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Here's a syntax for a dependently-typed lambda calculus.

data TermI a = Var a
             | App (TermI a) (TermC a)  -- when type-checking an application, infer the type of the function and then check that its argument matches the domain
             | Star  -- the type of types
             | Pi (Type a) (Scope () Type a)  -- The range of a pi-type is allowed to refer to the argument's value
             | Ann (TermC a) (Type a)  -- embed a checkable term by declaring its type
             deriving (Functor, Foldable, Traversable)

data TermC a = Inf (TermI a)  -- embed an inferrable term
             | Lam (Scope () TermC a)
             deriving (Functor, Foldable, Traversable)

type Type = TermC  -- types are values in a dependent type system

(I more-or-less lifted this from Simply Easy.) The type system is bidirectional, splitting terms into those whose type can be inferred from the typing context, and those which can only be checked against a goal type. This is useful in dependent type systems because in general lambda terms will have no principal type.

Anyway, I've got stuck trying to define a Monad instance for this syntax:

instance Monad TermI where
    return = Var
    Var x >>= f = f x
    App fun arg >>= f = App (fun >>= f) (arg >>= Inf . f)  -- embed the substituted TermI into TermC using Inf
    Star >>= _ = Star
    Pi domain range >>= f = Pi (domain >>= Inf . f) (range >>>= Inf . f)
    Ann term ty >>= f = Ann (term >>= Inf . f) (ty >>= Inf . f)

instance Monad TermC where
    return = Inf . return
    Lam body >>= f = Lam (body >>>= f)
    Inf term >>= f = Inf (term >>= _)

To fill the hole in the last line of TermC's instance, I need something of type a -> TermI b but f has a type of a -> TermC b. I can't embed the resulting TermC into TermI using the Ann constructor because I don't know the type of the TermC.

Is this datatype incompatible with bound's model? Or is there a trick I can use to make the Monad instance go?

6
  • If you run (abusing the notation) (var 0 (var 1)) [\x -> x], you'll get (\x -> x) (var 1), which doesn't have a syntactic representation in your type system. Note that both substs in the paper receive inferrable terms and there is no subst : TermC -> TermC -> TermC. It's not necessarily to have bidirectional type system in order to define a bidirectional type checker, so you can just collapse these mutually recursive data types into a single Term. – user3237465 Aug 20 '16 at 19:17
  • 1
    bound doesn't support mutual data, but (as said above) you can do your type checker with a single data definition. The indexed version of bound can do mutual data (for example), but it doesn't exist as published library. – András Kovács Aug 21 '16 at 9:58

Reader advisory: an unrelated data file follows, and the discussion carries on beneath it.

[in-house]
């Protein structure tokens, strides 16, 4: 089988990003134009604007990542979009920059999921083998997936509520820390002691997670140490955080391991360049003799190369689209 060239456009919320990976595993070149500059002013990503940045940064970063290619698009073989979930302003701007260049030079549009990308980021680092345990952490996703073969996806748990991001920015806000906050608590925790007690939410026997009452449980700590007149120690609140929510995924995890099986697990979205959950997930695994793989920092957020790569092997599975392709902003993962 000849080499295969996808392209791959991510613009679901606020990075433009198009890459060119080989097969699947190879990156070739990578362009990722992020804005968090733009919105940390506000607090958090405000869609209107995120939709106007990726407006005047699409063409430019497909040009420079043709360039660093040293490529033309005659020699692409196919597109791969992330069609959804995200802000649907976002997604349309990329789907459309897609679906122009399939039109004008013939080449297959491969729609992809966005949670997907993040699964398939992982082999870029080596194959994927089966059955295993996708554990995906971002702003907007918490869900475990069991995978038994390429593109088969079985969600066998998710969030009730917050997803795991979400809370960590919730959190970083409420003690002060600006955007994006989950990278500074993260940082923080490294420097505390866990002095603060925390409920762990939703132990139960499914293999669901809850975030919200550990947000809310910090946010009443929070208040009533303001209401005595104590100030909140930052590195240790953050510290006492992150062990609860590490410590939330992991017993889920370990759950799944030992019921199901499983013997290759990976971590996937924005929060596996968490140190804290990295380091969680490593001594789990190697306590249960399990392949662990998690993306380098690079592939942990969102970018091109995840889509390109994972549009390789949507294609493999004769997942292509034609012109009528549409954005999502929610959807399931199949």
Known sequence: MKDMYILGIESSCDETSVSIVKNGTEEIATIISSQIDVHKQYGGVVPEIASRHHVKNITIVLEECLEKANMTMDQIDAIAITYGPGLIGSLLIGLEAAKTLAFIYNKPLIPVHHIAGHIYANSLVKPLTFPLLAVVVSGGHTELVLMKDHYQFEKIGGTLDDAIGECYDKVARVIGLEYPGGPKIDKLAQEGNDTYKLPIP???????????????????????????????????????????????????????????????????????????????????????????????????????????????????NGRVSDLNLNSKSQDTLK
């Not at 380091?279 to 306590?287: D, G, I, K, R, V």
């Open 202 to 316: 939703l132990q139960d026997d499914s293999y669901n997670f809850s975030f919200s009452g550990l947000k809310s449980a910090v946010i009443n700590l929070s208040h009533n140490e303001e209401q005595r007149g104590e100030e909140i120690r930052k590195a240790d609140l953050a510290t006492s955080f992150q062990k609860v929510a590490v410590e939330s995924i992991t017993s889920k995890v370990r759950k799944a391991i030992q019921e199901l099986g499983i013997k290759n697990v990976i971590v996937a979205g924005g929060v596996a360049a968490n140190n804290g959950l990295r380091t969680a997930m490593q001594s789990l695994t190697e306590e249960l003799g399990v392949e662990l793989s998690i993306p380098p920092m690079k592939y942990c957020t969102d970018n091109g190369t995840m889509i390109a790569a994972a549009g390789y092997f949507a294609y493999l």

• Throwing everything into a single datatype is not without downsides: it lets you write a Lam without an annotation, which should not be syntactically valid. I suppose I could require a type in the Lam constructor (Lam (Scope () Term a) Type), but then you get superfluous annotations for nested lambdas, and you have to support an additional construct for annotating other terms. – Benjamin Hodgson Aug 21 '16 at 11:28
  • If bound doesn't do the trick, you may look into the more typey paper bound simplifies. I don't know if it's the right sort of typey, but it's worth checking. – dfeuer Aug 21 '16 at 17:27
  • @dfeuer D'you mean de Bruijn Notation as a Nested Datatype? As far as I can tell, the main difference between bound and that paper is that bound's Var has an extra parameter to account for the type of variables bound in a particular scope. (If anything bound is the more typey of the two!) – Benjamin Hodgson Aug 21 '16 at 19:28
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It's quite simply impossible to do: TermC is not a monad. Substitution puts terms in place of variables. For this to make sense, the terms need to be able to fit, i.e. to be similar enough so that the resulting term still has good properties. Here it means that its type must be inferrable. TermC won't do.

You can either implement:

 substI :: TermI a -> (a -> TermI b) -> TermI b
 substC :: TermC a -> (a -> TermI b) -> TermC b

and have

 instance Monad TermI where
   return = Var
   bind   = substI
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  • This kinda works - you get the Monad instance - but it ends up ugly. You can't use most of bound's combinators (including >>>= - you have to implement subst by fmapping under the Scope) because they require a Monad instance for Scope's second parameter. So you end up reimplementing most of bound. – Benjamin Hodgson Aug 22 '16 at 21:40

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